A bleak air of finality hangs heavy on the Skull Defekts' self-titled fifth album. Following their 2014 release Dances in Dreams of the Known Unknown, things shifted dramatically for the band, with frequent collaborator Daniel Higgs and longtime band member Jean-Louis Huhta both stepping away from the project. Skull Defekts founder Joachim Nordwall stated he knew the band was finished the first day he stepped into the studio to begin work on what would become this album, but also knew there was a final chapter to the group's story he had to write. Going into the creative process knowing it was the swan song for a long-running project certainly alters the energy of the final product, and here an already intense group sound like they're fighting for their lives on every track. Previous releases found dark industrial rock influences clashing interestingly with dub production touches and the occasional cosmic undertow. The spiritual/cosmic currency was amplified greatly whenever Daniel Higgs dropped in with one of his manic shamanistic sermons, and his absence immediately changes the sound here. Adding to this marked sonic change are the vocal and musical contributions of Mariam Wallentin of Wildbirds & Peacedrums, sitting in on this album and adding mysterious character to standout tracks like the decaying "Slow Storm" or the sludgy duet of "Powdered Faces." Even in the rare moments of less aggressive playing, any semblance of lightness or spiritual reaching that may have previously tempered the ugliness of the group's experimental angst is gone. Instead, the band funnel all the tension and discomfort of knowing the curtain is closing on a long-running project into these eight razor-sharp songs. This manifests in the form of straight-ahead noise rock on tracks like "All Thoughts Thoughts" and "Clean Mind," which both find the band stitching together pulsing, minimal drums and demented riffing with bursts of electronic noise. They push things even further into the red on penultimate track "A Message from the Skull Defekts." This instrumental death rock meditation starts out so distorted that the individual instruments are blurred into each other and pile on layers of noise from there. Imagining Swans drunkenly jamming with Burned Mind-era Wolf Eyes comes close to the level of depravity the track achieves. Final track "The Beauty of Creation and Destruction" feels like an epilogue to both the album and the band as a whole, marking the conclusion of 13 years spent wrestling with contrasting impulses of anger and peace. Fittingly, this final chapter for the Skull Defekts is easily the most explosive, most elaborately conceived, and still fully realized work in their catalog, and a monolithic note to go out on.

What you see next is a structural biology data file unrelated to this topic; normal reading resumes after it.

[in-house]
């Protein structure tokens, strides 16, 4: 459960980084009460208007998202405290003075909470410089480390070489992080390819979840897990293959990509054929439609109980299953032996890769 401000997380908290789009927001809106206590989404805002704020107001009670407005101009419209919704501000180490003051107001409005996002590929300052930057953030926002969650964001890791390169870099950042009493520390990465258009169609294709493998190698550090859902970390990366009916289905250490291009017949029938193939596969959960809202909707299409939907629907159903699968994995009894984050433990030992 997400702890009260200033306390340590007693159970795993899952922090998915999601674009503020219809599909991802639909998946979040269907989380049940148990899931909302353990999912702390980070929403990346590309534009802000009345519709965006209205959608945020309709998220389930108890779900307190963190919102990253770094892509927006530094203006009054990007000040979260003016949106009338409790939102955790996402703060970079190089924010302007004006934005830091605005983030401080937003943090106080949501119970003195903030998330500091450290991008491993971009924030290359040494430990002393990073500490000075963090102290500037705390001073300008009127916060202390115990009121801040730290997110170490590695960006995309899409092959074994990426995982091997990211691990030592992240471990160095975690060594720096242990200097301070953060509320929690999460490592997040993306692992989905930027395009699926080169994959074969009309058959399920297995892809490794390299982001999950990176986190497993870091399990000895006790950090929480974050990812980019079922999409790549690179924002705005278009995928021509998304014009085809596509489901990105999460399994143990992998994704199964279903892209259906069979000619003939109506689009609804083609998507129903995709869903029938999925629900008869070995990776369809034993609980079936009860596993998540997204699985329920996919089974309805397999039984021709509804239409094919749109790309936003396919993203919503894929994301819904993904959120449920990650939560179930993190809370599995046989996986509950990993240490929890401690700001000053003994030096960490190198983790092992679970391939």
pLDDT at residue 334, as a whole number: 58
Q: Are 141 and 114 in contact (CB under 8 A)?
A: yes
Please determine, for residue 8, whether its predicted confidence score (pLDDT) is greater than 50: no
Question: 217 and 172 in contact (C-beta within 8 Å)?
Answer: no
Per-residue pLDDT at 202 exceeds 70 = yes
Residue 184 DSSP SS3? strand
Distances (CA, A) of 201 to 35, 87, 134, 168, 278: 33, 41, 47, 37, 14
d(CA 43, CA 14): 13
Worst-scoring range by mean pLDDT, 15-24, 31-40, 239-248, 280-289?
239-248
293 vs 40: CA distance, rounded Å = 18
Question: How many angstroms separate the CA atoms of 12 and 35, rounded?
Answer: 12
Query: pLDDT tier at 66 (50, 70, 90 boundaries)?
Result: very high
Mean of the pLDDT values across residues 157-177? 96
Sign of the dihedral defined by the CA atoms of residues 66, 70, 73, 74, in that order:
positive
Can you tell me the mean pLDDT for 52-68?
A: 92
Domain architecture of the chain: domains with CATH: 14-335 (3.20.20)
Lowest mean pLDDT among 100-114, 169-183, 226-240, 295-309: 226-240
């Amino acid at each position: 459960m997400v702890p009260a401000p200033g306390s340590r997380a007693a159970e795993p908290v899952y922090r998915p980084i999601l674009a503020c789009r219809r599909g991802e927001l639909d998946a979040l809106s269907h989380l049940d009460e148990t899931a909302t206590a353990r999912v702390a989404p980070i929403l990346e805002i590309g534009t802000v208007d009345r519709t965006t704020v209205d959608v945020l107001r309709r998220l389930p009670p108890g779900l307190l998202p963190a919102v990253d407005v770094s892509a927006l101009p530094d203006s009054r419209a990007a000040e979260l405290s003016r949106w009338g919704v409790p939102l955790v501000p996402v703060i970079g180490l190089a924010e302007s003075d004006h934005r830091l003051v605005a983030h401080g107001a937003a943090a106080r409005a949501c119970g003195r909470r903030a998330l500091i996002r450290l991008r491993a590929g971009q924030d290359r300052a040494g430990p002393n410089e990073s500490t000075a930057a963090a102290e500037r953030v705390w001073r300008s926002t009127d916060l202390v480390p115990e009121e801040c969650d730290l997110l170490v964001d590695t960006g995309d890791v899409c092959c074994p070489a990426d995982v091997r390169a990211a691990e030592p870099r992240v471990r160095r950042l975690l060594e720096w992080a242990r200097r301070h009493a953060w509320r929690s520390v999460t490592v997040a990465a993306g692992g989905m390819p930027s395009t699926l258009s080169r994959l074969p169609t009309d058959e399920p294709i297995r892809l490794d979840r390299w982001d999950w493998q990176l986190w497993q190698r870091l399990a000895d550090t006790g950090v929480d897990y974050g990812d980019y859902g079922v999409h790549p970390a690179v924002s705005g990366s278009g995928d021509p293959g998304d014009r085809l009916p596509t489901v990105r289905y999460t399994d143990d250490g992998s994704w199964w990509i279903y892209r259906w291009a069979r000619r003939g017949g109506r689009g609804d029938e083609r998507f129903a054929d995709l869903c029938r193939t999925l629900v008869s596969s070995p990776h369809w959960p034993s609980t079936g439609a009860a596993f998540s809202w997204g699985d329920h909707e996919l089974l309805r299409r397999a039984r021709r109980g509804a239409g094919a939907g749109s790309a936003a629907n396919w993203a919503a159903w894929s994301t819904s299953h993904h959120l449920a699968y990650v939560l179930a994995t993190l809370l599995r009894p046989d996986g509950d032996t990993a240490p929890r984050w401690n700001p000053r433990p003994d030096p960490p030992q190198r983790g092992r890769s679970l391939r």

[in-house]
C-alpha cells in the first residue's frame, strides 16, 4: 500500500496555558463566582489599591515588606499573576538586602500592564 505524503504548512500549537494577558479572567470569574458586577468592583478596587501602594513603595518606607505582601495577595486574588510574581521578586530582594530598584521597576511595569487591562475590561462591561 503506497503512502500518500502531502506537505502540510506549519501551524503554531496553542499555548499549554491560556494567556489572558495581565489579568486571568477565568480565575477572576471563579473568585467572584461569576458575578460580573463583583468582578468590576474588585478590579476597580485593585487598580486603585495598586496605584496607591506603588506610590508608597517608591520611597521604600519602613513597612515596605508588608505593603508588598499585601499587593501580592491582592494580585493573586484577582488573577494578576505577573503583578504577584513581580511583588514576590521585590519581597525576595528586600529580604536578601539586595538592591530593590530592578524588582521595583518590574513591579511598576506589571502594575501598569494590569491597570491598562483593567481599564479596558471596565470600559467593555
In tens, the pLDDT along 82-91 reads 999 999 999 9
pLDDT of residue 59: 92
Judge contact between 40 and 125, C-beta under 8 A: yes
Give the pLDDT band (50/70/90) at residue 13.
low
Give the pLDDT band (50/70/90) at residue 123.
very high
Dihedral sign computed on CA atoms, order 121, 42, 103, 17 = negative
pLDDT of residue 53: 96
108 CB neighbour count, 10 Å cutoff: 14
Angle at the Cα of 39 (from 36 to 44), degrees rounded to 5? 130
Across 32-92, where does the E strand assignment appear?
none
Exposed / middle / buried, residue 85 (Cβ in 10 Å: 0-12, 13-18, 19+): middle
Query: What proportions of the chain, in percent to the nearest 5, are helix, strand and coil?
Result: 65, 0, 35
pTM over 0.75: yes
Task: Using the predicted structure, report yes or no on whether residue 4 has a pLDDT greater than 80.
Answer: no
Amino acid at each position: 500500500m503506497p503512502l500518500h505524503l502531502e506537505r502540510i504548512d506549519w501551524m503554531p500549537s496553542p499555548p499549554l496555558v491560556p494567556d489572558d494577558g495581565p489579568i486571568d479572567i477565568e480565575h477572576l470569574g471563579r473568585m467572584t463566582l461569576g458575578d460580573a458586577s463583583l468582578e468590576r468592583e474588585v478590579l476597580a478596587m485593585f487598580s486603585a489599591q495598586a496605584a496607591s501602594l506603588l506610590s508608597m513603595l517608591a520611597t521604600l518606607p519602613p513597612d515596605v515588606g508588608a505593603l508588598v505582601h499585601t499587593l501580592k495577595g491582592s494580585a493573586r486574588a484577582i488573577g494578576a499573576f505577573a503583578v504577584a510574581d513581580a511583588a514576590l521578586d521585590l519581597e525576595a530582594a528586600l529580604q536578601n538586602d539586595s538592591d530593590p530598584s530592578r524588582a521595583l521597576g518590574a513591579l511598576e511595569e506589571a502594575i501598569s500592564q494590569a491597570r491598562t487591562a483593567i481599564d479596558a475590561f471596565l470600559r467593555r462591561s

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AllMusic Review by Fred Thomas